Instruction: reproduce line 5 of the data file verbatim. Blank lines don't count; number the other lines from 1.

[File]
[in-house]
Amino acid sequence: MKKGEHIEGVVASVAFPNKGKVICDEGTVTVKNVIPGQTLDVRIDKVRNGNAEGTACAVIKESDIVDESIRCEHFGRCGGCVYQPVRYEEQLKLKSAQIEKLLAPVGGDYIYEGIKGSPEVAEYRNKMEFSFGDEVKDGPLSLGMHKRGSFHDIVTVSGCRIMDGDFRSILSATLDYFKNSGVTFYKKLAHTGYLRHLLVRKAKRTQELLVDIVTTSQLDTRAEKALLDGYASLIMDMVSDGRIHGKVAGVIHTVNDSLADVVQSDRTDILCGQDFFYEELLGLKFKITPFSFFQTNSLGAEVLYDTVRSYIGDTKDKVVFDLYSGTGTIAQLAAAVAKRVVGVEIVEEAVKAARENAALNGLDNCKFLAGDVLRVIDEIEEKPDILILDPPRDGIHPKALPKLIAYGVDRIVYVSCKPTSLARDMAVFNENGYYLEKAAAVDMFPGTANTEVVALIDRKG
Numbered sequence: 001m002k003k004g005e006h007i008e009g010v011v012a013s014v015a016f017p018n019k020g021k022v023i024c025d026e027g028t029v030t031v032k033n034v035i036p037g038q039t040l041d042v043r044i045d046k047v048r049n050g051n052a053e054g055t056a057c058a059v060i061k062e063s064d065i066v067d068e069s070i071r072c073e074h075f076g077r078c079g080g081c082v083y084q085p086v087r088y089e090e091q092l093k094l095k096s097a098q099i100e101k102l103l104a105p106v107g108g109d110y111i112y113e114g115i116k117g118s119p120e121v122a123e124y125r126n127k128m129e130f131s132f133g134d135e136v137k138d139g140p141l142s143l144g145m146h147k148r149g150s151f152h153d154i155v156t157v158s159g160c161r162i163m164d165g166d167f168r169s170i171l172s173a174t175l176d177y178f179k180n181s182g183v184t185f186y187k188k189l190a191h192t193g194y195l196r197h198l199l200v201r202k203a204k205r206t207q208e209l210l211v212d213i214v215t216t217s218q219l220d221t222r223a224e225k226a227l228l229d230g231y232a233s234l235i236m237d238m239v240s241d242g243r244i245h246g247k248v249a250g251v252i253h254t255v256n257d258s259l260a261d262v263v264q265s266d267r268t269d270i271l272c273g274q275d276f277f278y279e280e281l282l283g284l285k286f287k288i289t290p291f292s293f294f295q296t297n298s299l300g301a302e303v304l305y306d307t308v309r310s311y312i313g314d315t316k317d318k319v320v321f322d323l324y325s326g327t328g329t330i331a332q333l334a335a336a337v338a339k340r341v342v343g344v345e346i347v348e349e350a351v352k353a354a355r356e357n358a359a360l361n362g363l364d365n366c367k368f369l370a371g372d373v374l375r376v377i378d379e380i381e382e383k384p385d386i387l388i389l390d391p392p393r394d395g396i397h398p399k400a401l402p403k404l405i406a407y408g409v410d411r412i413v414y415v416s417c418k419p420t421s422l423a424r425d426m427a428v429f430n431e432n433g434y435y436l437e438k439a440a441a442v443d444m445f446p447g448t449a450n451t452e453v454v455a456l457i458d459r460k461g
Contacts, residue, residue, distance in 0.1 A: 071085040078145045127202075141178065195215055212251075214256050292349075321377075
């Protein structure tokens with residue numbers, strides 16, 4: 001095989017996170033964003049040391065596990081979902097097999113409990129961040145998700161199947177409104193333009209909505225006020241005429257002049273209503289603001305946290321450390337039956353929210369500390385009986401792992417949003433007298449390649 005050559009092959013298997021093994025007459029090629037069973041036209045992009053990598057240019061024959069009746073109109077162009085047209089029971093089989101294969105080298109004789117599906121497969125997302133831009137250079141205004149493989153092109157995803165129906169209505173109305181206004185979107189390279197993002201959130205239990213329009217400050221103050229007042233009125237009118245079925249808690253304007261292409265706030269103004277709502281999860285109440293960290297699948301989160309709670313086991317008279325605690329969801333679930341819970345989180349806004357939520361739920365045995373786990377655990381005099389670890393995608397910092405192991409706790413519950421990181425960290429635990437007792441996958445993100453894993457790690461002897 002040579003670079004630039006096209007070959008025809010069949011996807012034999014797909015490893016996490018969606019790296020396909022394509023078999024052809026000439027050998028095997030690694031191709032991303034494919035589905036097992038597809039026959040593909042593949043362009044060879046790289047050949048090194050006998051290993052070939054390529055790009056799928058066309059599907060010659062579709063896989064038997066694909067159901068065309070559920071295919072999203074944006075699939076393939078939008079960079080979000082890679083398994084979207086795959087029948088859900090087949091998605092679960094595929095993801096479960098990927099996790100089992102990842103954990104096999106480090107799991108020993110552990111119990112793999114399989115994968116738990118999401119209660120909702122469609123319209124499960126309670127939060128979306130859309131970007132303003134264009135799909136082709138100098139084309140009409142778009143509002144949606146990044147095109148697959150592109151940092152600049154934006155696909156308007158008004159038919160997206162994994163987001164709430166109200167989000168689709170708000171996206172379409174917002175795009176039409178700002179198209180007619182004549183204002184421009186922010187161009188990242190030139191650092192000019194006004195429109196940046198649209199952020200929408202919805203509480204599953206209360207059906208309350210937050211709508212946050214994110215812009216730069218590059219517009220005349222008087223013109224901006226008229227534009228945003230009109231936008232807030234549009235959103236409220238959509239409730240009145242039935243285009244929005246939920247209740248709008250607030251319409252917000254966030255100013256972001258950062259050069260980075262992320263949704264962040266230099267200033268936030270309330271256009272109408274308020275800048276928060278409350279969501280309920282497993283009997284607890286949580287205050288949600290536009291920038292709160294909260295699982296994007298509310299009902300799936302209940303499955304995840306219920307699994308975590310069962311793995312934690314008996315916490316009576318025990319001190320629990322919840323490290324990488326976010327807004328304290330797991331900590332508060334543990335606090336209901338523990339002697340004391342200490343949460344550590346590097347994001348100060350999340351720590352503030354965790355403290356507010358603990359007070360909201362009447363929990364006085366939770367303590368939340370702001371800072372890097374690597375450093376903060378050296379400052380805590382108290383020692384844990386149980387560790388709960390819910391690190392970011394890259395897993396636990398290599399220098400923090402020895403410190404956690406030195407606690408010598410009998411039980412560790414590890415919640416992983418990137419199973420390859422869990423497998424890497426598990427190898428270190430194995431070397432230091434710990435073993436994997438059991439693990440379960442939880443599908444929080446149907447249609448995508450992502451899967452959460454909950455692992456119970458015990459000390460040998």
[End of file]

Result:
């Protein structure tokens with residue numbers, strides 16, 4: 001095989017996170033964003049040391065596990081979902097097999113409990129961040145998700161199947177409104193333009209909505225006020241005429257002049273209503289603001305946290321450390337039956353929210369500390385009986401792992417949003433007298449390649 005050559009092959013298997021093994025007459029090629037069973041036209045992009053990598057240019061024959069009746073109109077162009085047209089029971093089989101294969105080298109004789117599906121497969125997302133831009137250079141205004149493989153092109157995803165129906169209505173109305181206004185979107189390279197993002201959130205239990213329009217400050221103050229007042233009125237009118245079925249808690253304007261292409265706030269103004277709502281999860285109440293960290297699948301989160309709670313086991317008279325605690329969801333679930341819970345989180349806004357939520361739920365045995373786990377655990381005099389670890393995608397910092405192991409706790413519950421990181425960290429635990437007792441996958445993100453894993457790690461002897 002040579003670079004630039006096209007070959008025809010069949011996807012034999014797909015490893016996490018969606019790296020396909022394509023078999024052809026000439027050998028095997030690694031191709032991303034494919035589905036097992038597809039026959040593909042593949043362009044060879046790289047050949048090194050006998051290993052070939054390529055790009056799928058066309059599907060010659062579709063896989064038997066694909067159901068065309070559920071295919072999203074944006075699939076393939078939008079960079080979000082890679083398994084979207086795959087029948088859900090087949091998605092679960094595929095993801096479960098990927099996790100089992102990842103954990104096999106480090107799991108020993110552990111119990112793999114399989115994968116738990118999401119209660120909702122469609123319209124499960126309670127939060128979306130859309131970007132303003134264009135799909136082709138100098139084309140009409142778009143509002144949606146990044147095109148697959150592109151940092152600049154934006155696909156308007158008004159038919160997206162994994163987001164709430166109200167989000168689709170708000171996206172379409174917002175795009176039409178700002179198209180007619182004549183204002184421009186922010187161009188990242190030139191650092192000019194006004195429109196940046198649209199952020200929408202919805203509480204599953206209360207059906208309350210937050211709508212946050214994110215812009216730069218590059219517009220005349222008087223013109224901006226008229227534009228945003230009109231936008232807030234549009235959103236409220238959509239409730240009145242039935243285009244929005246939920247209740248709008250607030251319409252917000254966030255100013256972001258950062259050069260980075262992320263949704264962040266230099267200033268936030270309330271256009272109408274308020275800048276928060278409350279969501280309920282497993283009997284607890286949580287205050288949600290536009291920038292709160294909260295699982296994007298509310299009902300799936302209940303499955304995840306219920307699994308975590310069962311793995312934690314008996315916490316009576318025990319001190320629990322919840323490290324990488326976010327807004328304290330797991331900590332508060334543990335606090336209901338523990339002697340004391342200490343949460344550590346590097347994001348100060350999340351720590352503030354965790355403290356507010358603990359007070360909201362009447363929990364006085366939770367303590368939340370702001371800072372890097374690597375450093376903060378050296379400052380805590382108290383020692384844990386149980387560790388709960390819910391690190392970011394890259395897993396636990398290599399220098400923090402020895403410190404956690406030195407606690408010598410009998411039980412560790414590890415919640416992983418990137419199973420390859422869990423497998424890497426598990427190898428270190430194995431070397432230091434710990435073993436994997438059991439693990440379960442939880443599908444929080446149907447249609448995508450992502451899967452959460454909950455692992456119970458015990459000390460040998």